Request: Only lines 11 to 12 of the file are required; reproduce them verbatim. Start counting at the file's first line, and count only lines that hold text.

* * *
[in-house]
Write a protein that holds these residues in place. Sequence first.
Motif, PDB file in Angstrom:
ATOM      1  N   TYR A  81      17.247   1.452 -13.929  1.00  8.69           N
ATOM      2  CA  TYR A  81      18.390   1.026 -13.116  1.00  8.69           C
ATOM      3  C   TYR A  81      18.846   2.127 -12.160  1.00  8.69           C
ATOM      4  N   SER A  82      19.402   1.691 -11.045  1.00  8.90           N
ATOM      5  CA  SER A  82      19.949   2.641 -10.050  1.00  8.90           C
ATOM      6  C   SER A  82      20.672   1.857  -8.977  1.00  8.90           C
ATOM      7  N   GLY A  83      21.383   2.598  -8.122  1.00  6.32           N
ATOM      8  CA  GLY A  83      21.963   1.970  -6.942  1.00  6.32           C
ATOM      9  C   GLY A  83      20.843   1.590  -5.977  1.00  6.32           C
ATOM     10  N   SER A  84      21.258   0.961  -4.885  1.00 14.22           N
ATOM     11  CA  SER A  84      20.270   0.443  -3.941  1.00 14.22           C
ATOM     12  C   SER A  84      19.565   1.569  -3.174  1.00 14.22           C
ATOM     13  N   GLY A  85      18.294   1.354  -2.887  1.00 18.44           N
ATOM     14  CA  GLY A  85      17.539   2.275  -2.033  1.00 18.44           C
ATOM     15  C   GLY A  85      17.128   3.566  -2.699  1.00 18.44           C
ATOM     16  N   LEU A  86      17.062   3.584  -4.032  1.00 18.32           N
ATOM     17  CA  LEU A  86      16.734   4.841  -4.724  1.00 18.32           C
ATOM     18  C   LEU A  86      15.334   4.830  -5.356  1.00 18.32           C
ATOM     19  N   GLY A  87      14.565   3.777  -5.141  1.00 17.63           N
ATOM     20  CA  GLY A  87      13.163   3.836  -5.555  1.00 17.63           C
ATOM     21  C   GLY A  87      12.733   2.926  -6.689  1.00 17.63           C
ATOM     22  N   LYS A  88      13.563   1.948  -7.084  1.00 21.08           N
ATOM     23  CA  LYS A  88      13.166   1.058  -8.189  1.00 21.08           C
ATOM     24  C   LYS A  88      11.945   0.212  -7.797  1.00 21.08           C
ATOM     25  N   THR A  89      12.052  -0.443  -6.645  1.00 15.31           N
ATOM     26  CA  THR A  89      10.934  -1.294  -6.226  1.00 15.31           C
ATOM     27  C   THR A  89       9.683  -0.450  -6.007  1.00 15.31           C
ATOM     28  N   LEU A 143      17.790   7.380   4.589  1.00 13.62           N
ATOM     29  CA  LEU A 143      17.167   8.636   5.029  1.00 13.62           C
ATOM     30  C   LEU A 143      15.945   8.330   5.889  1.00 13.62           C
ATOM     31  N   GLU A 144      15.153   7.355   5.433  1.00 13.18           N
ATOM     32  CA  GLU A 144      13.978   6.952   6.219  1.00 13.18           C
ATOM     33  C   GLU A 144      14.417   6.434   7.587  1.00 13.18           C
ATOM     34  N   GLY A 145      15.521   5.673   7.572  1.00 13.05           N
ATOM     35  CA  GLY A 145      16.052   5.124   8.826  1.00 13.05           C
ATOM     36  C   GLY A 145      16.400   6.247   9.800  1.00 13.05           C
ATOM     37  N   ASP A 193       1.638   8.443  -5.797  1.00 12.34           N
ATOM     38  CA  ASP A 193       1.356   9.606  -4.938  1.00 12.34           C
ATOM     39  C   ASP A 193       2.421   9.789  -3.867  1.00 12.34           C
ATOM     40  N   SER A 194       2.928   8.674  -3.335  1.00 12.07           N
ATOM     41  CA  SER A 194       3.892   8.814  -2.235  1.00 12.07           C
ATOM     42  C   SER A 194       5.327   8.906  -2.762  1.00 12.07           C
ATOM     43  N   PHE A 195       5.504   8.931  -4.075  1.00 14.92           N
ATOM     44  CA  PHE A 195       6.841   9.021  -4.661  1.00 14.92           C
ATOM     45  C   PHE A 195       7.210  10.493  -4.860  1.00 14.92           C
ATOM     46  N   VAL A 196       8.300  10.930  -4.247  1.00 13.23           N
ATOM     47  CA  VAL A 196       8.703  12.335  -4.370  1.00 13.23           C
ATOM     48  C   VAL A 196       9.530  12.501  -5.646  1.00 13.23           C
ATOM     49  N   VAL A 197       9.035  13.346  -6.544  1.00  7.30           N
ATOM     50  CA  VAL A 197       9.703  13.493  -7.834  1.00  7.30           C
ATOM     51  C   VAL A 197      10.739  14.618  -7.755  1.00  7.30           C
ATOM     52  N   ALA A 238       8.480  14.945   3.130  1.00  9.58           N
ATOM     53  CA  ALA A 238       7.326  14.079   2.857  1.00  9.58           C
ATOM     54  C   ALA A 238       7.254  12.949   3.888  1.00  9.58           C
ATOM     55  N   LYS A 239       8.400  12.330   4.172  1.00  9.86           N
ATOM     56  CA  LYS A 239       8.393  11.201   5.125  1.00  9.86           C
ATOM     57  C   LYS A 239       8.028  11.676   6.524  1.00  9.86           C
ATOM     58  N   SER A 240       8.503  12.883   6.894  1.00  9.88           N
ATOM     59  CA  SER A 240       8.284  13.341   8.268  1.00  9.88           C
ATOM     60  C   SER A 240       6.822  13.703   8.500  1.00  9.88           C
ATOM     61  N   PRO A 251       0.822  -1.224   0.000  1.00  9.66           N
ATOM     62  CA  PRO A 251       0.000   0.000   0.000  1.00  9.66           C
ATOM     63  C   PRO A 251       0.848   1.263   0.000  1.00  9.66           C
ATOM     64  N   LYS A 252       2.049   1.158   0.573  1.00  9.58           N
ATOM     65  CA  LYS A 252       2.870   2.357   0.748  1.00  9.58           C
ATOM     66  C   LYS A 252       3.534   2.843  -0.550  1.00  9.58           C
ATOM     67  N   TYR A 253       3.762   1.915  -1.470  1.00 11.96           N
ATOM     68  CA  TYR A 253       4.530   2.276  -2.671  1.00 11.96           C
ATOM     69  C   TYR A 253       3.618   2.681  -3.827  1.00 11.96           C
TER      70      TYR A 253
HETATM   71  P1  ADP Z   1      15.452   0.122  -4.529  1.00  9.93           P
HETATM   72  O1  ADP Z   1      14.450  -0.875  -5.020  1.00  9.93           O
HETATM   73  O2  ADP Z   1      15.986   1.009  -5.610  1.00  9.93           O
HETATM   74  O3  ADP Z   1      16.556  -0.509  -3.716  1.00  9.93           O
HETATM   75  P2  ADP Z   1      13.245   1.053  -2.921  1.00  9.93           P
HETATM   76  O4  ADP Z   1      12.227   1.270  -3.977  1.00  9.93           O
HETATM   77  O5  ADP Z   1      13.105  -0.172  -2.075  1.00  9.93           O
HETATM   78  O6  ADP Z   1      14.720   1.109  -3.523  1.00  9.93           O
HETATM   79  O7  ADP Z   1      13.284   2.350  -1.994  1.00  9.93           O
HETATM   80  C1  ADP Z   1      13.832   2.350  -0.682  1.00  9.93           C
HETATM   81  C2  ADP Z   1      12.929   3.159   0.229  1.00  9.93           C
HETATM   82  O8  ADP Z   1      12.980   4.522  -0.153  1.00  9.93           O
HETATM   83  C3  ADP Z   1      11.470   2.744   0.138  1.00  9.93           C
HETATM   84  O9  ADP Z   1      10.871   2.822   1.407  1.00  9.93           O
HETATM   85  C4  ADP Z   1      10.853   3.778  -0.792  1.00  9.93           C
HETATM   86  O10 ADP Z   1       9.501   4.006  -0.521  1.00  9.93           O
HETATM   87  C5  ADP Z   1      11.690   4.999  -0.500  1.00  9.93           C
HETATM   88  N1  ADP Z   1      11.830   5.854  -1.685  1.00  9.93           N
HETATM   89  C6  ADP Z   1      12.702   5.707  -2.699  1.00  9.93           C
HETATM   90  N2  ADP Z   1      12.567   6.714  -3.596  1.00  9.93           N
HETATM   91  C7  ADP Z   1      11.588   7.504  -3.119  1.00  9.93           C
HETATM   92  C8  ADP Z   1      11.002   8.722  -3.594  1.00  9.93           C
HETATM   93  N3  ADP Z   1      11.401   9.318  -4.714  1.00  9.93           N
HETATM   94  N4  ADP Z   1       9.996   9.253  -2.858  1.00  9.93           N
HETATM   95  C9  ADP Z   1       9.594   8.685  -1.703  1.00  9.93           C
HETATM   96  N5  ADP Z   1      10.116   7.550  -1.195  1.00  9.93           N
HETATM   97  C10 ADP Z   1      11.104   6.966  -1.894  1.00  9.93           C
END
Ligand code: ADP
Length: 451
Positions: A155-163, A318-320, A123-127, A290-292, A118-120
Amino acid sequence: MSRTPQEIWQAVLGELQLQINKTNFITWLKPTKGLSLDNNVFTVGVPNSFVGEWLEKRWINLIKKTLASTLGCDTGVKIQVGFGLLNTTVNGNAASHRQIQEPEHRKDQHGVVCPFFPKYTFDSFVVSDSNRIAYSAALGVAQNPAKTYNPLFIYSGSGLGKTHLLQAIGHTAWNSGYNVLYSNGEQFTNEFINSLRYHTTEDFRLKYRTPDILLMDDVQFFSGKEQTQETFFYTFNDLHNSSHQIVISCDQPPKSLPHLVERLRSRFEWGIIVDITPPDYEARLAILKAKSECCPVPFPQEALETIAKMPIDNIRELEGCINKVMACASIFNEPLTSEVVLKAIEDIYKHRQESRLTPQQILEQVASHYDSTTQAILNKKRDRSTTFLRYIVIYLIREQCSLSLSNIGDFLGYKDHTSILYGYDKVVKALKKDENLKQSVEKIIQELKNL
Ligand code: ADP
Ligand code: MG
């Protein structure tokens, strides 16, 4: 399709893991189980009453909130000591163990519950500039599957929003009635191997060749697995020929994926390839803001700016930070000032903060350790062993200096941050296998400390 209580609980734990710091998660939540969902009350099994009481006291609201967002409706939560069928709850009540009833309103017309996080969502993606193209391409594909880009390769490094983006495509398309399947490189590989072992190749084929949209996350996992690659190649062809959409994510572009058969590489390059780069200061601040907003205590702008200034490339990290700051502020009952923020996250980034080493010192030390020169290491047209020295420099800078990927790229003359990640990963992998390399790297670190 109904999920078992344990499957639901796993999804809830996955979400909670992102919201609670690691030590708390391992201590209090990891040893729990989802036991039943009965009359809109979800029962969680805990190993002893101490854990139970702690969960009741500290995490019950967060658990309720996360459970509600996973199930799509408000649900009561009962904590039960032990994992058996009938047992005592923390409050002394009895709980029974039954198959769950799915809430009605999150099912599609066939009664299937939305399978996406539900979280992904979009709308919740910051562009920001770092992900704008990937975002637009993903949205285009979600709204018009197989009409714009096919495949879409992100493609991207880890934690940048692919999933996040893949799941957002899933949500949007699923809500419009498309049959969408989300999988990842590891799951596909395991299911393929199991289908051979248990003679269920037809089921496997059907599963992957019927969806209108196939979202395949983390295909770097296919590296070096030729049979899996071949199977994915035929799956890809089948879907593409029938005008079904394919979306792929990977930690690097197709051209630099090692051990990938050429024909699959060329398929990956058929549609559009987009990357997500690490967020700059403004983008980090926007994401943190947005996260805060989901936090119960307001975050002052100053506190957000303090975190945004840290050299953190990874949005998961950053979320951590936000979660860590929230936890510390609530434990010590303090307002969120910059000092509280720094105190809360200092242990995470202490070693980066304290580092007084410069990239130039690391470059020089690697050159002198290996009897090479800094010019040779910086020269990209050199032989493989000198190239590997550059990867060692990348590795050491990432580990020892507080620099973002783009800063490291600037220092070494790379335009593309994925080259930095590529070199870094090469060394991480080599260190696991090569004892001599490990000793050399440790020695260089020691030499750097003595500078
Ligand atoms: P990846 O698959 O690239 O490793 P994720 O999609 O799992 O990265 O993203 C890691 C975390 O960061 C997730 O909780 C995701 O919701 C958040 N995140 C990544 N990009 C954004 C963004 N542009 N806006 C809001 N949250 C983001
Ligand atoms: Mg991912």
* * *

ATOM      8  CA  GLY A  83      21.963   1.970  -6.942  1.00  6.32           C
ATOM      9  C   GLY A  83      20.843   1.590  -5.977  1.00  6.32           C